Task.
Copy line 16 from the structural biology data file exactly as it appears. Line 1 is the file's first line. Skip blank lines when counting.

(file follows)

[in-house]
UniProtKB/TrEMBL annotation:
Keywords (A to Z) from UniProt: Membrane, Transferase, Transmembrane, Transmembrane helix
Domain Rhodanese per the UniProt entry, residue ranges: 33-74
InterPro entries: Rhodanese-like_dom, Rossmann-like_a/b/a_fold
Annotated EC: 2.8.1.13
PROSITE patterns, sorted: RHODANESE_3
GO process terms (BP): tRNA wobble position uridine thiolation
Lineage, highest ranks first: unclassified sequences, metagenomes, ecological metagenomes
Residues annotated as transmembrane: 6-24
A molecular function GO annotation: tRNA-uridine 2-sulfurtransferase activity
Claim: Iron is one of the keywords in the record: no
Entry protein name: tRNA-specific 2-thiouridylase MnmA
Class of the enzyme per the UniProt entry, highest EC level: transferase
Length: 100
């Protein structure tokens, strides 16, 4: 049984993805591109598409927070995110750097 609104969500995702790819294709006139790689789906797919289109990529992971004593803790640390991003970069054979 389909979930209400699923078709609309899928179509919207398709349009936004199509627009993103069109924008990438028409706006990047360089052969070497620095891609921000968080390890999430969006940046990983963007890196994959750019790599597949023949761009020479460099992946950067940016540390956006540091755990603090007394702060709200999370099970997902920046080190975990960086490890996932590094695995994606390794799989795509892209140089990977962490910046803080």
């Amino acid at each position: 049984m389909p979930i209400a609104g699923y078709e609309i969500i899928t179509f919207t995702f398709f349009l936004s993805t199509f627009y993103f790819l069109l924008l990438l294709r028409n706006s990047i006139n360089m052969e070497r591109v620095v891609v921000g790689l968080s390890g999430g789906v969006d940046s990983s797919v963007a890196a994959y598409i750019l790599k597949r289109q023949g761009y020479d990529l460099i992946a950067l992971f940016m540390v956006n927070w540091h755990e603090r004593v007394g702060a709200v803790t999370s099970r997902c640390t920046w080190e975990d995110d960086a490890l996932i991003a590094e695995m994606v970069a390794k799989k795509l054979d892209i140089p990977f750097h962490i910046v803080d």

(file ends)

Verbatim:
């Protein structure tokens, strides 16, 4: 049984993805591109598409927070995110750097 609104969500995702790819294709006139790689789906797919289109990529992971004593803790640390991003970069054979 389909979930209400699923078709609309899928179509919207398709349009936004199509627009993103069109924008990438028409706006990047360089052969070497620095891609921000968080390890999430969006940046990983963007890196994959750019790599597949023949761009020479460099992946950067940016540390956006540091755990603090007394702060709200999370099970997902920046080190975990960086490890996932590094695995994606390794799989795509892209140089990977962490910046803080």